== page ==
- Hi everybody,
I'm new to this list, I have read some of the messages and I am
impressed by the generosity of experience and advice.
Anybody got experiences with hammocks high up in trees?
I always dreamed about learning to fly but never found any
realistic possibility to practice it. And parchuting and bungy
jumping - I mean how much flying is it? Some 20 seconds, just
enough to pee in your pants and then it's over.
So I was happy to join a tree-climbing course last spring. My
dreams came true! The trees are all free, waitng for me in the
forest, and I can stop the fall and stay mid-air for as long as I
wish. It is a true miracle.
Now I want to expand my dream and stay up there to sleep. I
have been looking for hammocks and found the tree-boats on
www.newtribe.com But someone told me they are
uncomfortable, you can only lie on your back and in an awkward
The pros are 4-point attachment and very strong material. They
come with rain fly, mosquito net and pea pod. But with the
shipping (to Sweden) it will be quite expensive so I prefer to
make my own.
I am experimenting with the Ed Speer-model, I love that
simpleness. But staying some 20 meters up in the air demand
some extra functions: I want both rain fly and mosquito net to be
not separate parts, but stuck to the hammock. There will be no
ground to attach the lines to. I want to be able to adjust them
from inside the hammock. I also must leave an opening at the
top for the rope attached to my harness to lead up to its anchor
point above without letting rain and wild animals in.
I slept last night in my first home-made hammock ( 75
centimeters above ground, attached between the cherry and the
apple tree). It was lovely and very comfortable. But today I feel a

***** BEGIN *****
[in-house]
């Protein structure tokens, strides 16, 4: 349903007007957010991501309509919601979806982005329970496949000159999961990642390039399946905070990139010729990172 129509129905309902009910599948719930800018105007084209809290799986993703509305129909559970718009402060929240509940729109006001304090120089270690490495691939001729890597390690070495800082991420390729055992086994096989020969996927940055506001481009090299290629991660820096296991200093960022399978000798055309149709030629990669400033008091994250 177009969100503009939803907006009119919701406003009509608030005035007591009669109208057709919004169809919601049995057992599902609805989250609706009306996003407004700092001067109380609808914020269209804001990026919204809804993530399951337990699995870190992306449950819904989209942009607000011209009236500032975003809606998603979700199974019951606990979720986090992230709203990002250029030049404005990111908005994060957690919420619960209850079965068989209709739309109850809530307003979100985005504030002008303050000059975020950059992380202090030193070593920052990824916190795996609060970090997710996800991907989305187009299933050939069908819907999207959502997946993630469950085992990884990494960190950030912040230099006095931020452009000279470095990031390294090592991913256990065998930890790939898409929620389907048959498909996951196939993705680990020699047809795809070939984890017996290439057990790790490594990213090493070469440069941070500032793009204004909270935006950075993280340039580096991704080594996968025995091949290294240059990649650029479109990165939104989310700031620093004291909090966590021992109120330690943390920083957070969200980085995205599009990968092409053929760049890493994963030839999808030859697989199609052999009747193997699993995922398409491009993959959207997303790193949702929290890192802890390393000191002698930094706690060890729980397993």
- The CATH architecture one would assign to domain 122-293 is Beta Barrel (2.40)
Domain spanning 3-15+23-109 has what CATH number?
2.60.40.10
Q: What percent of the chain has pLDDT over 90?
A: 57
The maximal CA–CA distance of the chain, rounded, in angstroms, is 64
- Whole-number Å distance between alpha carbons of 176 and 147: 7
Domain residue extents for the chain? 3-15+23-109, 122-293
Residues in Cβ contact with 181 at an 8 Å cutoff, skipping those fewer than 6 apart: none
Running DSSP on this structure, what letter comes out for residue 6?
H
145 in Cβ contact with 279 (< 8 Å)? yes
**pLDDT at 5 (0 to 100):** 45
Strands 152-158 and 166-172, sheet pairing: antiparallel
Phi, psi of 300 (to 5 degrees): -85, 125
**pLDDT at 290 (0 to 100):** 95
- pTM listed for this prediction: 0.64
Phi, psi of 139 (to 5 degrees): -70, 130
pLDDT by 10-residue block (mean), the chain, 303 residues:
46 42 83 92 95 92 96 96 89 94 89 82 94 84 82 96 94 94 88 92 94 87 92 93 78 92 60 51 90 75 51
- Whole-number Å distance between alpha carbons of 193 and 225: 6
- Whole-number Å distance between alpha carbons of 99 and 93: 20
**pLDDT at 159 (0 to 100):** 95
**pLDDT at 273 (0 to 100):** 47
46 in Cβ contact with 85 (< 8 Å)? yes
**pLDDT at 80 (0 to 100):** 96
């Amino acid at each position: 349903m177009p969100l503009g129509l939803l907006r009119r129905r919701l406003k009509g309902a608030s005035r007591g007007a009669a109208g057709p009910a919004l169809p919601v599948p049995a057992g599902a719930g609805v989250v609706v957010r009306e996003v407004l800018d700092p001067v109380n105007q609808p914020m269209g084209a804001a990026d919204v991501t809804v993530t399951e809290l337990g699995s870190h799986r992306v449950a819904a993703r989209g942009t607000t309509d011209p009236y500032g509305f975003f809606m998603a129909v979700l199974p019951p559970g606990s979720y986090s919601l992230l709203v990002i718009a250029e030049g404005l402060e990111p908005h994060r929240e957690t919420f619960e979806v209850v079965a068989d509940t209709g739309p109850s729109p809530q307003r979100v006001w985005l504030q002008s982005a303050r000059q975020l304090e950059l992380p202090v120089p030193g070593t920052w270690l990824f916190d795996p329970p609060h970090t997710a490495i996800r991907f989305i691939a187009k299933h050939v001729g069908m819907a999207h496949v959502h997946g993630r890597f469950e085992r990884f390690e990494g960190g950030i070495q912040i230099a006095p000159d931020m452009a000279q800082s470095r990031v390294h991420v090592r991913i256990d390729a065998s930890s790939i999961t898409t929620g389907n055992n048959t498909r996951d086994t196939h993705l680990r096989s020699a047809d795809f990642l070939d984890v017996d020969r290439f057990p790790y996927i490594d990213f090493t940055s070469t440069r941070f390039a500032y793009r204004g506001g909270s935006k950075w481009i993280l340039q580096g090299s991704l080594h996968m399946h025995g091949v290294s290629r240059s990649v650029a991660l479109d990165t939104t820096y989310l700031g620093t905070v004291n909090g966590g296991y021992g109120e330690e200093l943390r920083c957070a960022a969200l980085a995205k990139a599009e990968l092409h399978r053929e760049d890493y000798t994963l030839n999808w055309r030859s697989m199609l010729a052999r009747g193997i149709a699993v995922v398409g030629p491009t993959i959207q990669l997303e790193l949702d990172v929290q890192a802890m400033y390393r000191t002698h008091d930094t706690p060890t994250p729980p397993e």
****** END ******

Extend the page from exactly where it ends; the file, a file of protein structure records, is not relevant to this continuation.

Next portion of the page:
bit dizzy. My head is turning. Could it be that one becomes kind of
sea-sick from the rocking? (Tree-sick?) Anybody had this
Hope to hear you opinions.
/ Christina, in Tjornarp, Sweden
- ceciliahuset said:
> some extra functions: I want both rain fly and mosquito net to beThis depends a lot on the tree you camp in. Many trees have quite
> not separate parts, but stuck to the hammock. (etc, etc)
substantial branches, making it easy to attach a couple of fly-lines.
I use a Hennessey Hammock in trees with some success, and before that
used a home-made one that worked in a similar way. Be aware that you
are more likely to end up falling if you hang the hammock between two
trees high up - the tops move much more than the bottoms (and mroe
than branches do relative to each other).
Currently I run a length of 6mm rope out through the slit in the HH,
but ideally I'd like an opening in the side and a quickdraw sewn
through the top of the netting. I haven't down that yet though.
I suggest you add a hauling pulley (only goes round one way) to your
collection, as that makes it much easier to bring stuff up into the
tree. When cycle touring I occasionally find it useful to camp 20m or
30m off the ground, and lifting something that heavy you need at least
2:1 pulley advantage (80kg or so). So it depends on what you're
When you're up a tree, it's often useful to have a "gear hammock" or
something that can be stretched out to make a more or less flat
surface. Otherwise cooking and so on can be a real pain, but that also
depends on whether you want to go down to cook. I'm used to trees
where that's a real pain (descend 30m, cook, climb 30m? I don't think
so). I carry a 70cm triangle of doubled ripstop with gear cord edging
that makes biner loops in the corners. So I can sit on it if I want
to, but normally I just put gear on it as I unpack it. The HH in
seat mode is not a good place to put things - it's too liable to shake
and drop your gear.